**Heads up!** To view this whole video, sign in with your Courses account or enroll in your free 7-day trial.
Sign In
Enroll

Preview

Start a free Courses trial

to watch this video

Not all numbers are as simple as integers. We often need to keep track of fractional values, like product that costs $1.99 or a distance like 2.5 miles. Those values are called floats, floating point values, real numbers or doubles: all names for the same thing. For decimal numbers we use the PHP variable type of Float.

#### Documentation

floats also known as " Floating point numbers", "doubles", or "real numbers", can be specified using any of the following syntaxes:

```
$a = 1.234;
$b = 1.2e3;
$c = 7E-10;
```

Not all numbers are as simple as integers.
0:00

We often need to keep track of fractional
values like products that cost $1.99,
0:02

or distance like 2.5 miles.
0:07

Those values are called floats.
0:10

Floating point integers, real numbers or
doubles, all names for the same thing.
0:12

For decimal numbers we use
the PHP variable type float.
0:18

Let's start by commenting
out these var dumps.
0:23

Now let's say we want to
find the distance of a trip.
0:28

So we'll create two variables here,
distance home and distance to work.
0:32

Distance_home, we'll set this equal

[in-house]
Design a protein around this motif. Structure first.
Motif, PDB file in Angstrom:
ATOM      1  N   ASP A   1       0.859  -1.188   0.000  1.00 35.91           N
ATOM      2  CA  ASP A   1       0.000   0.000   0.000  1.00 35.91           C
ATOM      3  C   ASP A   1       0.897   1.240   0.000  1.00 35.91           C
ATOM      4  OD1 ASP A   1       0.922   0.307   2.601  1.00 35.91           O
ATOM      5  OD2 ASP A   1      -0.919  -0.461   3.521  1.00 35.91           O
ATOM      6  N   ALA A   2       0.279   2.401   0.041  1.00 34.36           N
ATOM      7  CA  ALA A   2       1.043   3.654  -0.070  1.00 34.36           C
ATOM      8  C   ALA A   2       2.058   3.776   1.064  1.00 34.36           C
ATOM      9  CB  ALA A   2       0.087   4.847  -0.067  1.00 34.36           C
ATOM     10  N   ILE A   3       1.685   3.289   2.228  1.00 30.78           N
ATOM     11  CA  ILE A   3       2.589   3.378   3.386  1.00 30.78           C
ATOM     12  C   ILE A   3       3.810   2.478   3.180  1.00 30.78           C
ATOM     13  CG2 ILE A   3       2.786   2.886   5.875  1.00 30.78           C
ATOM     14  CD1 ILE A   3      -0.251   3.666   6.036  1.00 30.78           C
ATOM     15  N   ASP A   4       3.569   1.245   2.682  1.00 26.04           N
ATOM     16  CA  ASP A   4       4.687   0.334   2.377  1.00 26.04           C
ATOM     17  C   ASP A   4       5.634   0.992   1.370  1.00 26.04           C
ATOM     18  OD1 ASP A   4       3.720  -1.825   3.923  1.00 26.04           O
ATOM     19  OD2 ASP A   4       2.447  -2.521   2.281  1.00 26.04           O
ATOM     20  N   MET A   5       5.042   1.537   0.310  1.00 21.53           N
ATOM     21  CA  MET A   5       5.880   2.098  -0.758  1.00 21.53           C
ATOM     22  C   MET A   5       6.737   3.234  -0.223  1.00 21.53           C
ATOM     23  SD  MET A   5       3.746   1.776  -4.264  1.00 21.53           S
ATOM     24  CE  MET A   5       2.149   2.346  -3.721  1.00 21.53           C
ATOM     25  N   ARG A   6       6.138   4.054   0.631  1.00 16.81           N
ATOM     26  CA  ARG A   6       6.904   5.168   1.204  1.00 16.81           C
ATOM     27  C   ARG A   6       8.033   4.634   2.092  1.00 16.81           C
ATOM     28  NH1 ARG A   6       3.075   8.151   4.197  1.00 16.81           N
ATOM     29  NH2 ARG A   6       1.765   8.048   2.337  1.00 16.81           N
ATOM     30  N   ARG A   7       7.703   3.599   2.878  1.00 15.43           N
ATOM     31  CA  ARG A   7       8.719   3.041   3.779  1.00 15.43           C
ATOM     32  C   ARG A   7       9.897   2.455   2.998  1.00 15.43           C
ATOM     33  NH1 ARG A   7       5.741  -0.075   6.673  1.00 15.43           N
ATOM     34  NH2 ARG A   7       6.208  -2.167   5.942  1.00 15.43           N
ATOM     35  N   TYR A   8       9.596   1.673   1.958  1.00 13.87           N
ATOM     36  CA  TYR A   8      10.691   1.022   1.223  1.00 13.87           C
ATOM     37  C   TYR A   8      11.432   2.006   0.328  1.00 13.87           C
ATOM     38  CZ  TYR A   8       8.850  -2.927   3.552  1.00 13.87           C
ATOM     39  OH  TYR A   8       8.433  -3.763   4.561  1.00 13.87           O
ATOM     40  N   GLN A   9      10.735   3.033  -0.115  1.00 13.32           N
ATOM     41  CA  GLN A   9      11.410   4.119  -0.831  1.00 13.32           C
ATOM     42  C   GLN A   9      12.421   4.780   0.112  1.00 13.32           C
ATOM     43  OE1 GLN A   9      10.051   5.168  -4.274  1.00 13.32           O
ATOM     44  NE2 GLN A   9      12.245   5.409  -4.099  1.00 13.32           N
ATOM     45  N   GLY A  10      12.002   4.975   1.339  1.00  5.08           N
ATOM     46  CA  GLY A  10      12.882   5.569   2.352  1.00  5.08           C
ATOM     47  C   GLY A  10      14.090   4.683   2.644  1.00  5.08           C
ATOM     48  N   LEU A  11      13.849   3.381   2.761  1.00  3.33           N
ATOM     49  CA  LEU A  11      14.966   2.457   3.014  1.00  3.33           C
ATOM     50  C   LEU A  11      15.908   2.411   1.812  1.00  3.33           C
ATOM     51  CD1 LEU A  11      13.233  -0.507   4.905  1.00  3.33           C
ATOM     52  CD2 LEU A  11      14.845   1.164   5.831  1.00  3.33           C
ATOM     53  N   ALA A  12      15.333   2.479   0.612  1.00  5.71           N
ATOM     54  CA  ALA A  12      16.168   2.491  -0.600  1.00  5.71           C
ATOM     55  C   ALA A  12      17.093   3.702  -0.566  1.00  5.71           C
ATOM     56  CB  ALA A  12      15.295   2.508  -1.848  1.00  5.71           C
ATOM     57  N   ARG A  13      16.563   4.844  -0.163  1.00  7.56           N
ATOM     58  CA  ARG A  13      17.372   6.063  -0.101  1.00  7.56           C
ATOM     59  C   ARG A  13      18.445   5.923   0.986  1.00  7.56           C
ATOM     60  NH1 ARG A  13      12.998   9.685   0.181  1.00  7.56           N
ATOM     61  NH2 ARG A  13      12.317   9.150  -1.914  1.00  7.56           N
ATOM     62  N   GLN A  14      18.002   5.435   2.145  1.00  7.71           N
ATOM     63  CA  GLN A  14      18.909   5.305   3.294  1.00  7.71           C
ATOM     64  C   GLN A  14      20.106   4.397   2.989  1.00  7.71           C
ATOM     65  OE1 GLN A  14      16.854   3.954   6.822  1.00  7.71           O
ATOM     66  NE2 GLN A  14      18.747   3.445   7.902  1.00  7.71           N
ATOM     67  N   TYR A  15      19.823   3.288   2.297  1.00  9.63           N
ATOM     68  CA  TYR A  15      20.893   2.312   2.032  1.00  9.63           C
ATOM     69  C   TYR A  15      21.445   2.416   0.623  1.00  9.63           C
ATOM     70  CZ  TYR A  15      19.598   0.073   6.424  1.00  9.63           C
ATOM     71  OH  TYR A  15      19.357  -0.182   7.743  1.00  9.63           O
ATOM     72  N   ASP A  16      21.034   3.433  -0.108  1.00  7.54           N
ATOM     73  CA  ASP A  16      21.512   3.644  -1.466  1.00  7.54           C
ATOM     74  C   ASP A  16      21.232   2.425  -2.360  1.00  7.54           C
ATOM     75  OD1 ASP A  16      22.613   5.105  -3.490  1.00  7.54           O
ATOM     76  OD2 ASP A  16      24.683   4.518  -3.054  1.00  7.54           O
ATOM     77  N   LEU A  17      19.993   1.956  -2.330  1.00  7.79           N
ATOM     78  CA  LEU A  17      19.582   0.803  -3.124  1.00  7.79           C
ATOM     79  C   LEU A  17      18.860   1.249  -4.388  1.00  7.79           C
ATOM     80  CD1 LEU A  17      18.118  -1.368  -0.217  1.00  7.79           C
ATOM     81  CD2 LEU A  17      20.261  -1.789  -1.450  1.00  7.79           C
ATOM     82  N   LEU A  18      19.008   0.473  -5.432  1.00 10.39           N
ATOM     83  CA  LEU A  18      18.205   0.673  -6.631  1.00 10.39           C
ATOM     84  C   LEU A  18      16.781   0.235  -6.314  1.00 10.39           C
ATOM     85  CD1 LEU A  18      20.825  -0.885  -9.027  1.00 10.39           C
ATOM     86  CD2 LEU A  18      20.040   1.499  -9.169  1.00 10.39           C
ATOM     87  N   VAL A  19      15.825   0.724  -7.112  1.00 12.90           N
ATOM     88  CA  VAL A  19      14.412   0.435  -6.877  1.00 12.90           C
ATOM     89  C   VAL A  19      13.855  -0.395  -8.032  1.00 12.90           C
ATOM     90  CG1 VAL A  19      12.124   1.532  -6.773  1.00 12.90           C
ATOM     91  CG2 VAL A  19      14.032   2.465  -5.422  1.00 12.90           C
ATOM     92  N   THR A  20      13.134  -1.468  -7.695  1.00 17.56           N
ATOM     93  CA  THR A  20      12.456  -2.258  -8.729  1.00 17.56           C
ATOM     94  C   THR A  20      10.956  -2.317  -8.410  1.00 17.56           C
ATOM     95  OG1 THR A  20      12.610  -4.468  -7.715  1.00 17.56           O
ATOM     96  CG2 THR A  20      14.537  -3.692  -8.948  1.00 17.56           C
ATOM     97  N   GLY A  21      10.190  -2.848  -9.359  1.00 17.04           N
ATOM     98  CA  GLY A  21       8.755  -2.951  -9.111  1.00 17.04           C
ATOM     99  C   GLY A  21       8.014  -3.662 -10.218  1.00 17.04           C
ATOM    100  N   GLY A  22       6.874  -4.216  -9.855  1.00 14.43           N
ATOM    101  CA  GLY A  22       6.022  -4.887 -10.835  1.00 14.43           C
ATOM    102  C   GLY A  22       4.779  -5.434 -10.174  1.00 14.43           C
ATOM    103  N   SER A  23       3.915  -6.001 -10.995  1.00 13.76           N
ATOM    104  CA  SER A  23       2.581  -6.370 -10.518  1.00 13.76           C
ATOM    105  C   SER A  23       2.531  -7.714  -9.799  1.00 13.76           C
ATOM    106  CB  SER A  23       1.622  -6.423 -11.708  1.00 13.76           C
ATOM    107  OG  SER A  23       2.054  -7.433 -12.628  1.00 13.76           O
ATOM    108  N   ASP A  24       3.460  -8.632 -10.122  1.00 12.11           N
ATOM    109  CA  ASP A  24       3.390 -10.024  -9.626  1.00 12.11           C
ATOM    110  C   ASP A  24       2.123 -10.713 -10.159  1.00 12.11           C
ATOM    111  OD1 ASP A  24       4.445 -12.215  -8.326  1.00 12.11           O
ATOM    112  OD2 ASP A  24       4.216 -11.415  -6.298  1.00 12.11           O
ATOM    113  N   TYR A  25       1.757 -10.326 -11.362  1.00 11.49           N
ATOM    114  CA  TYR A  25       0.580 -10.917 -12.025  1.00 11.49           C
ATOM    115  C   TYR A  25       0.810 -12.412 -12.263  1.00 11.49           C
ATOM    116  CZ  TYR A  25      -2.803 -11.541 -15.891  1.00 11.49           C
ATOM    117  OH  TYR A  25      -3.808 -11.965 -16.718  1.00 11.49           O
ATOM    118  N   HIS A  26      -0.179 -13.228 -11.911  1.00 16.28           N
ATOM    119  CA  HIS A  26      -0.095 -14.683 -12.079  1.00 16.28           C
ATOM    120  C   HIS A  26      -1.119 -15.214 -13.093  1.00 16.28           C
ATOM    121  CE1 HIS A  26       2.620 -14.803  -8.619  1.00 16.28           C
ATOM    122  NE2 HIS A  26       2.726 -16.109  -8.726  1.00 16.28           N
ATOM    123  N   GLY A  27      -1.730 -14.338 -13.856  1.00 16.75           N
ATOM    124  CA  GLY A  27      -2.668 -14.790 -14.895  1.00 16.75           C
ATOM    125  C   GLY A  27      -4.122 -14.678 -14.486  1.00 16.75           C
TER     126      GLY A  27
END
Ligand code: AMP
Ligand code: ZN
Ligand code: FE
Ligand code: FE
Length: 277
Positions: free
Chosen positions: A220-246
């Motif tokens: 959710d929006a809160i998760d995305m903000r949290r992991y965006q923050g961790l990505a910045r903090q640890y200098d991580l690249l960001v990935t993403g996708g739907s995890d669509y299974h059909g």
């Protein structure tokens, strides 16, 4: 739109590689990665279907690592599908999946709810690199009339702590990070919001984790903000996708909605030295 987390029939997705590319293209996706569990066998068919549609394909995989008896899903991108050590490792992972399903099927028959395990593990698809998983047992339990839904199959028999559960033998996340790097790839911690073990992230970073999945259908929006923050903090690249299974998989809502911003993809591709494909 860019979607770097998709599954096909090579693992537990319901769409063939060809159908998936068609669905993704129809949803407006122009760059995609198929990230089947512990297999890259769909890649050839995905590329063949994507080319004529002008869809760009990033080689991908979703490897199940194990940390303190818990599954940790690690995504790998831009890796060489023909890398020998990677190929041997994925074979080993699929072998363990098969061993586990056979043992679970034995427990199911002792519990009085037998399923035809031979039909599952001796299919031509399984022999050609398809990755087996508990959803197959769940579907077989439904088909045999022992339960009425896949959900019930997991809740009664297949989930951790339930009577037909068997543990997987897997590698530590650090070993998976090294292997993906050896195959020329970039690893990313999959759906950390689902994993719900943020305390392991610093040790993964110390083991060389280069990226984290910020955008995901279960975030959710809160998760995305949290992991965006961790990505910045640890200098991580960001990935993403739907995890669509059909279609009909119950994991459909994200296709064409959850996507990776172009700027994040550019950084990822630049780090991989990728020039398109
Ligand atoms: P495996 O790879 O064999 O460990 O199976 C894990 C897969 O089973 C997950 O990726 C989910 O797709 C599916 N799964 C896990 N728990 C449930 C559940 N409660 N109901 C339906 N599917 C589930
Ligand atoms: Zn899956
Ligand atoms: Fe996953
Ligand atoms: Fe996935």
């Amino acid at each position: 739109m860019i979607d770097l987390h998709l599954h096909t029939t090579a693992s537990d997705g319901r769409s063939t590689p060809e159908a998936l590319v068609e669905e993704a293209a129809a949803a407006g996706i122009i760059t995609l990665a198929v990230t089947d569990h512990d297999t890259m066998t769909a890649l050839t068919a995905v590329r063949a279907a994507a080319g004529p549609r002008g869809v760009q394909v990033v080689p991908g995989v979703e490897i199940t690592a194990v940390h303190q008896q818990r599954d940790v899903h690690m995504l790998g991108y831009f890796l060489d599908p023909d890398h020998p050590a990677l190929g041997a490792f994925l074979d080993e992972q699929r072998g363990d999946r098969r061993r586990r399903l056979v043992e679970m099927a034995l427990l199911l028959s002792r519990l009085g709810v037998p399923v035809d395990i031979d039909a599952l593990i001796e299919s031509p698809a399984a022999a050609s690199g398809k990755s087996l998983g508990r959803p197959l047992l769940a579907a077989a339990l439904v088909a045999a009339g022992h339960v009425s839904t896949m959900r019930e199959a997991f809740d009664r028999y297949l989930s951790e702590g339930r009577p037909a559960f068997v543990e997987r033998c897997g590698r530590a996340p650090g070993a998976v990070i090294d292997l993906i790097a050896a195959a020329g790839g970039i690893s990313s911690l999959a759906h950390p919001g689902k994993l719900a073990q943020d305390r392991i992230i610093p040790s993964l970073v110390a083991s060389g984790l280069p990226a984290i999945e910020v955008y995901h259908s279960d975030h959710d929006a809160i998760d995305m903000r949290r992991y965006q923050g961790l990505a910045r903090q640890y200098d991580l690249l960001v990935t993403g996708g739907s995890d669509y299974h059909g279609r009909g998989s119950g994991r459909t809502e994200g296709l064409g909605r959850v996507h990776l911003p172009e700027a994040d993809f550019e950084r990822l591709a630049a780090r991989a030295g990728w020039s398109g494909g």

to a floating point and number.
0:36

We simply set this variable equal to 1.2.
0:43

Enclose the statement with a semi colon.
0:46

Then we'll add our second floating
point variable distance to work.
0:50

And will set this equal to 2.5.
0:54

Again ending with a semi-colon.
0:58

Now we can use the same type of
operations we've done before.
1:01

Let's do a var dump, and we'll dump
1:06

the distance home plus
the distance to work.
1:10

All right, now let's save and
1:18

run our script AS you can see we
can take floating point numbers and
1:21

add them together and
get returned a floating point value.
1:25

Now what if I were to add a non
floating point number to this equation.
1:31

So let's say we'll and the variable num 3.
1:35

Number three is a whole number.
1:42

So let's save this script and
run it again.
1:44

Now we see 6.7.
1:49

So if we take whole numbers and
we sum them to floating point numbers
1:50

we're still going to get
a floating point in return.
1:55

Let's add one more floating point number
to make our results a whole number.
1:59

Let's add 0.3.
2:02

Again, run the script and
2:08

we see the results of seven,
but the type is still a float.
2:10

Any time we're using a floating point
value the result will be a float as well.
2:16

Most of the time,
2:21

you won't need to worry about defining
a variable as an integer or a float.
2:22

PHP automatically handles the differences,
so you don't have to.
2:26

You need to sign up for Treehouse in order to download course files.

Sign up